Secunderbad's Suchitra Koteshwarao, 21, was eight months pregnant when she overheard her husband plotting to have her murdered. It was only then, after over two years of harassment for dowry, that she decided to run away to her parents. Her father had negotiated well before she was married to Pentukar Kateshwarao, a government clerk, in 2001: he had demanded Rs 3 lakh as dowry, a sum bargained down to Rs 2.10 lakh. But Koteshwarao was unemployed, and began pressuring Suchitra for money within days of their wedding, for his mother's last rites and setting up a business. After the birth of her child, a depressed Suchitra attempted suicide. But better sense prevailed: "I tried to go back one more time but they beat me up. My parents told me that if I die, he'll soon get another wife, but they'll lose me forever." Last month, Sucihtra initiated her divorce proceedings, and is determined to fight to have her husband punished and her dowry returned.

Chennai's Zabin Begum, 28, meanwhile, has decided to fight against dowry for more than just herself. Dissatisfied with the traditional "30-30" bridal payment (30 sovereigns of gold and Rs 30,000) her parents had made at the time of their marriage in 1998, her husband started abusing her physically. Even when she was pregnant, she was kicked in her stomach, fed medicines to abort her child and eventually abandoned one day. It was then, in 2000, that she approached the All India Democratic Women's Association (aidwa) and filed a case for dowry harassment under their guidance; the case is still on. And two months ago, Zabin launched a monthly magazine Paadukavalan (The Protector), which will focus on women's issues: "I was a shy girl. Now I speak at anti-dowry conventions. Dowry harassment has made me what I am today."

And there are many more such unbroken spirits that survive dowry torture, and fight back.Mary Sheila Pareira, 26, an engineer from Chikballapur, a town close to Bangalore, called-off her engagement with Ivan D'souza and filed for Rs 15 lakh damages. The couple had lived-in together for a year, before they were formally engaged at a church ceremony in 2000. But before the marriage could be solemnised in January 2001, Ivan demanded Rs 5 lakh. The relationship was broken, pushing her to start a fight: "I know it will take a long time, but I will see justice done." Nidhi Joshi, 30, a journalism teacher in Bhopal, is equally charged. She recently filed a case of dowry harassment and divorced her husband after living through a seven-year-old extractive marriage. Her husband, an engineer and mba, had demanded her father provide him a house: "But I put my foot down. My husband was qualified, why couldn't he build a house himself? I want him penalised heavily, so that no one else dares to do such things again."

But it isn't only about bravado all the way. Breaking free of the claustrophobic matrimonial home is not always an exhilarating experience, and yet worthwhile. After returning to her parents four years ago, Lucknow's Bharati Seth became a door-to-door salesperson to sustain herself and her child. Currently she's out of a job. It's a difficult life, but one she prefers infinitely over when she was with her lawyer husband. He took her jewellry, abused her physically, ill-treated her during pregnancy, and wouldn't keep her unless her parents constantly fed his demands: "After a point I decided not to go back to him. I'll face any odds but will not go back to being insulted for dowry."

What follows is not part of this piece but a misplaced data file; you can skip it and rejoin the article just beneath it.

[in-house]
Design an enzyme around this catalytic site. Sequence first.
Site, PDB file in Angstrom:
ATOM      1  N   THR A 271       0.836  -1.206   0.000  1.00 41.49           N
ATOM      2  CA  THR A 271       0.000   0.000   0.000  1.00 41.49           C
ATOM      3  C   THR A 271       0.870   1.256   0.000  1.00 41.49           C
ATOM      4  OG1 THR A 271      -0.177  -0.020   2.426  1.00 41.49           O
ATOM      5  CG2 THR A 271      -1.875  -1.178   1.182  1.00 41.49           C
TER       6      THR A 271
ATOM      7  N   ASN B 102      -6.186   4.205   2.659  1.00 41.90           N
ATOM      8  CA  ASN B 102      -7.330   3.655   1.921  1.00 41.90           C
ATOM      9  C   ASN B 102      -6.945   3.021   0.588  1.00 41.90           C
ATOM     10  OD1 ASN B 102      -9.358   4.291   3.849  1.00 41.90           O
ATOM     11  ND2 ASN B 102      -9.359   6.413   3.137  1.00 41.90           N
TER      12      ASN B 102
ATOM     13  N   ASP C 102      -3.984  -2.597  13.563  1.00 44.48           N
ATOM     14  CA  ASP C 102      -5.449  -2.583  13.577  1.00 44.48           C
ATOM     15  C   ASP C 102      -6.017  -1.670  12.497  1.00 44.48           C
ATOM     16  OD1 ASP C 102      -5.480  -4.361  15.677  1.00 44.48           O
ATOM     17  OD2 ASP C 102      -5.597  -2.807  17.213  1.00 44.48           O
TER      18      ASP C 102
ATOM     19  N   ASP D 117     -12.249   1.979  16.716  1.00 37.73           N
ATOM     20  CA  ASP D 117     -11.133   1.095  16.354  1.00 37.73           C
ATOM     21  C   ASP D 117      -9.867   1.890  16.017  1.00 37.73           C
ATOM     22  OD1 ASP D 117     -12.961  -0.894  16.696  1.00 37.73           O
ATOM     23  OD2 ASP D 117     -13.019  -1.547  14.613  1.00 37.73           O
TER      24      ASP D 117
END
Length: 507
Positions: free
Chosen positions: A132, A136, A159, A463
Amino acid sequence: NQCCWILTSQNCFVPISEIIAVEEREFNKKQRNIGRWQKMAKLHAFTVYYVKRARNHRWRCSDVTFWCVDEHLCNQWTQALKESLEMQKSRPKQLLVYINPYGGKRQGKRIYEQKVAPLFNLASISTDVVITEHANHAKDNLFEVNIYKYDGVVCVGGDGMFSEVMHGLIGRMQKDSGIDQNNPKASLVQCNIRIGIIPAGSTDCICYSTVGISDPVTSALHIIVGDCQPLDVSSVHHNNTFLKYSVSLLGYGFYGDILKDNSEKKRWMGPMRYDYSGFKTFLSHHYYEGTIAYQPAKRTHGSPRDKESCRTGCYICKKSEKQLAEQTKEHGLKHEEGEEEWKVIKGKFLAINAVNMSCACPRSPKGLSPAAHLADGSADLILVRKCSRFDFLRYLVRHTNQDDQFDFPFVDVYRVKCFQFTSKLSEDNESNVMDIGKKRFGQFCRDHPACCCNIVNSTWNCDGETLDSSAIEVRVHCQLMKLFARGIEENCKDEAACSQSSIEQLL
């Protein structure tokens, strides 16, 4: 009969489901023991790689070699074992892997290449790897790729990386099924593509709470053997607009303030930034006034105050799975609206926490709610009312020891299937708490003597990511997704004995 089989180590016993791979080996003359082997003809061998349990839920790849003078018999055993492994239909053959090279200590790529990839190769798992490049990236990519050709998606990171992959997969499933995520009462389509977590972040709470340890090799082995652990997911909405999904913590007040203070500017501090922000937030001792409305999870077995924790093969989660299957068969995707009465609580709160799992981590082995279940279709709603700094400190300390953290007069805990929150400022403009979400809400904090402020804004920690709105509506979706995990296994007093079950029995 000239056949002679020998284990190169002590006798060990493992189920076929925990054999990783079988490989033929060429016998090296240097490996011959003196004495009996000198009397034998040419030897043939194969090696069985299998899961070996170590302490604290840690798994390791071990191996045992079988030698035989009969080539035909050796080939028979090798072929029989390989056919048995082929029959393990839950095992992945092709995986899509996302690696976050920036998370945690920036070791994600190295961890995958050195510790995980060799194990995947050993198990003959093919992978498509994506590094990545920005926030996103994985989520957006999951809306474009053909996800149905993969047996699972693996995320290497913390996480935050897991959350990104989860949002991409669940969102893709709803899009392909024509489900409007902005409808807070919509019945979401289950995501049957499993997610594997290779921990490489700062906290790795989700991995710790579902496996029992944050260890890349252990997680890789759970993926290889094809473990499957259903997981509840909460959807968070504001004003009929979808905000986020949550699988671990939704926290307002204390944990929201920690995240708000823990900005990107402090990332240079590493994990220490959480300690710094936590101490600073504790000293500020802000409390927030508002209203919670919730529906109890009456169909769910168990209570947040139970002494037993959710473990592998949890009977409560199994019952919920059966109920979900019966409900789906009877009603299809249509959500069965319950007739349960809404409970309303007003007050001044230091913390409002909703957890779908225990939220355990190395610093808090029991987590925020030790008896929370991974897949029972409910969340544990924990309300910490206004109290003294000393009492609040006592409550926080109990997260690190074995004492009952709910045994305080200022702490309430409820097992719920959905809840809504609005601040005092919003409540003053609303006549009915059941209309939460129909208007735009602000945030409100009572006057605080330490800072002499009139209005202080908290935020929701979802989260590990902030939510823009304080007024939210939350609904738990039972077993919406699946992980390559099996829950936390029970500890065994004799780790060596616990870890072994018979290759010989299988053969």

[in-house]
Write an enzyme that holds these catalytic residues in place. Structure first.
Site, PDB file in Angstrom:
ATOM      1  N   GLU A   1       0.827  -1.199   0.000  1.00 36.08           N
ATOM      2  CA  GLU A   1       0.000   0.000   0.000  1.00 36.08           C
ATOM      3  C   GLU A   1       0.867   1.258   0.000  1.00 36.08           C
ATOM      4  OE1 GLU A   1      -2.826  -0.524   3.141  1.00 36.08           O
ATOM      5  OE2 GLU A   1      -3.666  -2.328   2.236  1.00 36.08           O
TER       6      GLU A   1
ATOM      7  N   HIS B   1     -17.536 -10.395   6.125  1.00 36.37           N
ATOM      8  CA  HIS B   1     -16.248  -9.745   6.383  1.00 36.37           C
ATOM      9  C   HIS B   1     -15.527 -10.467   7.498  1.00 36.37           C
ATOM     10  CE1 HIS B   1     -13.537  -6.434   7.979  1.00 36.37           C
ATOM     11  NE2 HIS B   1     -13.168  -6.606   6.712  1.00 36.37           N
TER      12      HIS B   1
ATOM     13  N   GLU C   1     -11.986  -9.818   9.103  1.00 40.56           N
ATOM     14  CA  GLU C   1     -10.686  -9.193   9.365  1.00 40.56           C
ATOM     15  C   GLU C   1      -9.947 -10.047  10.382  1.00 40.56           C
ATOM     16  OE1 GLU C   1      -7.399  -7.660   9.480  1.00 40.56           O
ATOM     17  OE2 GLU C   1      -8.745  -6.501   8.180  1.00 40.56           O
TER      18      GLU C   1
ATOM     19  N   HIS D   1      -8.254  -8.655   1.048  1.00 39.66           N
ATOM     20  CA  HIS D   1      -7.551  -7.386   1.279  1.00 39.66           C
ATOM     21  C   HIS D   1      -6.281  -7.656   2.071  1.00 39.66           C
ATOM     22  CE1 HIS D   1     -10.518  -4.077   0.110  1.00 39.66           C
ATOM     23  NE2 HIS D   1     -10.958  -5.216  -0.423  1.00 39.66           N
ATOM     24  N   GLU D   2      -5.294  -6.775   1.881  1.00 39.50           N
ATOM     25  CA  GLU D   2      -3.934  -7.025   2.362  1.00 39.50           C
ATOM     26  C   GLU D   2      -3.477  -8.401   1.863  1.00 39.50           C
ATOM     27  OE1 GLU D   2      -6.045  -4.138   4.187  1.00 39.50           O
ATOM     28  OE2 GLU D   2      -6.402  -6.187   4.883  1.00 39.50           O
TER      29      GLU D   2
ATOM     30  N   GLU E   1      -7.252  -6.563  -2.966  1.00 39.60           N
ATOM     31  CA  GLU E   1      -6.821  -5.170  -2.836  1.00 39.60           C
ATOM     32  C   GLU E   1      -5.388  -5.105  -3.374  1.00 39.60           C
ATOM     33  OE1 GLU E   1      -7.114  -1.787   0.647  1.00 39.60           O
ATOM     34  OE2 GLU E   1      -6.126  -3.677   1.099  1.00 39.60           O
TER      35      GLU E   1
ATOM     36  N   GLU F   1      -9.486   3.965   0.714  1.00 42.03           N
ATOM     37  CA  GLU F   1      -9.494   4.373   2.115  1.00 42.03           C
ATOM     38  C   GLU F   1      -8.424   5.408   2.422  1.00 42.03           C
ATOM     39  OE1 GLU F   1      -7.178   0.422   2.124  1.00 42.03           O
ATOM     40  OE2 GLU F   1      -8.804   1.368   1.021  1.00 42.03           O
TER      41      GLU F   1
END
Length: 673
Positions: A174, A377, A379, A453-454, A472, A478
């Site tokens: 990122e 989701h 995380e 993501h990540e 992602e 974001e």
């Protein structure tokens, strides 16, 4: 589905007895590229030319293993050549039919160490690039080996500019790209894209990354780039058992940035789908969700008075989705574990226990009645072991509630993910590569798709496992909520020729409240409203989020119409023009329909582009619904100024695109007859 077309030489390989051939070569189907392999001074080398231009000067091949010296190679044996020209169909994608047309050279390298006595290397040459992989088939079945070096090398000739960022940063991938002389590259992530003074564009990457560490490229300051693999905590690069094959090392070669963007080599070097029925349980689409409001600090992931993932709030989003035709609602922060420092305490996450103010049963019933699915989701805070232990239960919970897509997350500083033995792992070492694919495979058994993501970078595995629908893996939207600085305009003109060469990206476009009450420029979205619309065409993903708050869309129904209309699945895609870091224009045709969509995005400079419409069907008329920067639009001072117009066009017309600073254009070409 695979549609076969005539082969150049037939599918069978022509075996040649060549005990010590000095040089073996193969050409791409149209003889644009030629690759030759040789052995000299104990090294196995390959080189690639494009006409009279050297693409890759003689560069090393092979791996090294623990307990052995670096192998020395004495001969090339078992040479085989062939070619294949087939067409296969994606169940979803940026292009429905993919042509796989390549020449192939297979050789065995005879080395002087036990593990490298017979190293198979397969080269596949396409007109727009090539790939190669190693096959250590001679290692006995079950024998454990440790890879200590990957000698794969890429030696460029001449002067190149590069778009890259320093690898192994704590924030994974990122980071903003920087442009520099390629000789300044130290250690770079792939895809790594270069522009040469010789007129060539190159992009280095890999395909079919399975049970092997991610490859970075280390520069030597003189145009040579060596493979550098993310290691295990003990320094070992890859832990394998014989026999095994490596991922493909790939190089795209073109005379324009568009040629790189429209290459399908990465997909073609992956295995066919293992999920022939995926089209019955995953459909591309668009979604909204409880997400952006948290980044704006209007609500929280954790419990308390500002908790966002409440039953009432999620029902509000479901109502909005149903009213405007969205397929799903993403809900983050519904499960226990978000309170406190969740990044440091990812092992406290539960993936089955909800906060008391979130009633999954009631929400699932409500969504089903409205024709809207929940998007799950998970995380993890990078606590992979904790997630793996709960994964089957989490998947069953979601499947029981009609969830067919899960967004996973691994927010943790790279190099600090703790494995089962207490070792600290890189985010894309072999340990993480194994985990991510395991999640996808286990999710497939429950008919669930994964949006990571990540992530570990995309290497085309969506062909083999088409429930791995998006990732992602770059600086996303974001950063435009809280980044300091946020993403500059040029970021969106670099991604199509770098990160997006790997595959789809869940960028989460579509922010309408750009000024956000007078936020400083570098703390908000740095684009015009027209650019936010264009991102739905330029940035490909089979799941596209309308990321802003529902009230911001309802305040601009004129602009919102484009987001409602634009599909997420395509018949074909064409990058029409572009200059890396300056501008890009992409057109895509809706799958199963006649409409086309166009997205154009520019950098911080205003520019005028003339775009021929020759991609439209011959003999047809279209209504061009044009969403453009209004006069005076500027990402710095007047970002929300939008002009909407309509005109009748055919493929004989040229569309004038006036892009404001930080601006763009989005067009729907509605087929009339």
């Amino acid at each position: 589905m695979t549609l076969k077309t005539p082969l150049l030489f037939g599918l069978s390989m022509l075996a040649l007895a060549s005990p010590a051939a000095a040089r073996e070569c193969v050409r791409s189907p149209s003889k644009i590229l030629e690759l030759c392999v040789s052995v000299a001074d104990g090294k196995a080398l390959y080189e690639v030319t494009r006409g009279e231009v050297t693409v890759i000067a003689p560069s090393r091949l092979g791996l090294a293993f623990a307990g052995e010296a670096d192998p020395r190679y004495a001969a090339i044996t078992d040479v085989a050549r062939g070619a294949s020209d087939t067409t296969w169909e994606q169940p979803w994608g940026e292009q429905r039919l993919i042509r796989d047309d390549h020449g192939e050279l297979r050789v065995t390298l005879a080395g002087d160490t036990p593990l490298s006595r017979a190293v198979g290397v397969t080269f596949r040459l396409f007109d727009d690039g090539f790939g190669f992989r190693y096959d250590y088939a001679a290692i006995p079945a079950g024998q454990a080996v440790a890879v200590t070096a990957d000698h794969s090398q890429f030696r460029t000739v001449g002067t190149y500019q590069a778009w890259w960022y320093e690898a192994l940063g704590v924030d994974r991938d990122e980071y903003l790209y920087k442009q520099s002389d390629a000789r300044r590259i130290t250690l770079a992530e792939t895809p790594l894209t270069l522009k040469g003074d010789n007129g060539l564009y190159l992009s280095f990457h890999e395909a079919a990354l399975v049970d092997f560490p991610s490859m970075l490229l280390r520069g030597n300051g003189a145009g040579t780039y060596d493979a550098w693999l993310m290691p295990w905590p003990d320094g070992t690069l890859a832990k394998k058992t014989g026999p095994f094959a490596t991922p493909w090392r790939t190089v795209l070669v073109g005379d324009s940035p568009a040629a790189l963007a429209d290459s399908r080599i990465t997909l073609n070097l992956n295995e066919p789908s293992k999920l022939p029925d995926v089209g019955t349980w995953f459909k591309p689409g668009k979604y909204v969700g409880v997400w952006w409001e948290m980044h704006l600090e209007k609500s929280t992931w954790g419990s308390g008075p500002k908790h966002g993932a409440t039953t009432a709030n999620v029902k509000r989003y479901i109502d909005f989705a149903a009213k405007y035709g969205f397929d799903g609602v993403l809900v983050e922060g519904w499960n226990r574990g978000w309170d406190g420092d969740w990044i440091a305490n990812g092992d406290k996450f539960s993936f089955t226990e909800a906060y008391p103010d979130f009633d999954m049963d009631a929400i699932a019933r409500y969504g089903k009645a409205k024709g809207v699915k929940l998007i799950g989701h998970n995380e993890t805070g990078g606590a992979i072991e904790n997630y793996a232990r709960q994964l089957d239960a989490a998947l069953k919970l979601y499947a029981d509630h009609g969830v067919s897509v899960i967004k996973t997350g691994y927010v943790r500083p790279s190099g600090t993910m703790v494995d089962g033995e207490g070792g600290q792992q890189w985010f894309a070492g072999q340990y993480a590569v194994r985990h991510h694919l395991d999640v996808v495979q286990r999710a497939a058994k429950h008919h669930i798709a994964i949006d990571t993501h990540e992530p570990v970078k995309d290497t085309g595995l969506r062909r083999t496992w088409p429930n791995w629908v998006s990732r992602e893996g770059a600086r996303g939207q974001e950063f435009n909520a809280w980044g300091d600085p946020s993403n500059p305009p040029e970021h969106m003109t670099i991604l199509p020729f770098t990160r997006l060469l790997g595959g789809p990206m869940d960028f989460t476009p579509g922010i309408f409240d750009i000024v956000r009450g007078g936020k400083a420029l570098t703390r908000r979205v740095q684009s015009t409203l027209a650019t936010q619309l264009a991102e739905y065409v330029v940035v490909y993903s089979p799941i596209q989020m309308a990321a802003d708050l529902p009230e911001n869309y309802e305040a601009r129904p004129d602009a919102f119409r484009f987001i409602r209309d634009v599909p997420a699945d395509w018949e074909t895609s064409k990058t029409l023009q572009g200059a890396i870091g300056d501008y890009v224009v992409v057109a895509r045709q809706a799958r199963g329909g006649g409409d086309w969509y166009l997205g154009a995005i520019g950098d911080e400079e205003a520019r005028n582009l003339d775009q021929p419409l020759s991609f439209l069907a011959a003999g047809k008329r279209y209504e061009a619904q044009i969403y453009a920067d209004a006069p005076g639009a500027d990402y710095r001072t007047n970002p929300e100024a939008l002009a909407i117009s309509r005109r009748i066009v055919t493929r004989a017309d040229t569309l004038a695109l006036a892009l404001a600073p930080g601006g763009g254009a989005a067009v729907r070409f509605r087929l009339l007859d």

In a recent survey by aidwa in Chennai, 87 per cent of the respondents—100 unmarried men and women (18-30 age group) and 120 women married in the last five years—said giving and accepting dowry is wrong. Statistics that find face in Pinki of Punjab's Panchkula and Manju Kumari of Kaniyapuram in Kerala. Pinky, a gutsy 18-year-old seamstress turned away her greedy baraat about three months ago: "Although I felt very bad doing it then, I know it was the right thing. They wanted a scooter and misbehaved at the wedding. If this was their attitude before marriage, imagine what it'd be afterwards." As enraged by her fiancé's zooming dowry demands, Manju, 21, broke-off her engagement recently. Vijarajan hadn't thought fifty gold sovereigns plus landed assets worth Rs 10 lakh were sufficient dowry for a Gulf-employed groom like him. "He asked for more, my mother had half-a-mind to borrow and unburden herself," recalls Manju, "But I decided a man who hasn't qualms disowning a girl he vowed to wed in front of 250-odd relatives for money, would do worse later."

Lucid thinking that is catching on, observe experts. Ranjana Kumari, author of Brides Are Not for Burning and director of the Centre for Social Research, which runs six counselling centres for women victims of violence in Delhi, says that mindsets are changing. Avers she: "Ten years ago, very few girls would come in with complaints. Today we receive about 60 to 70 complaints of domestic violence in a month, many of them dowry related. Earlier, the complainants would come in as victims. Today many come in to assert their rights. Also, now they come with supportive paternal families." Dona Fernandes, convener of Vimochana, a women's self-help group, also appreciates the change, but qualifies: "I do admire the courage being shown by Nisha and girls like her, but I will be happier when young men refuse to marry girls from families that offer dowry. They should also have the courage to say they aren't for sale." Till then, however, let's applaud these gutsy girls, a few maybe, but a significant few.

Soma Wadhwa with Chander Suta Dogra in Ludhiana, S.Anand in Chennai, B.R. Srikanth in Bangalore, Savitri Choudhury in Hyderabad,Sutapa Mukherjee in Lucknow, K.S. Shaini in Bhopal and John Mary in Thiruvananthapuram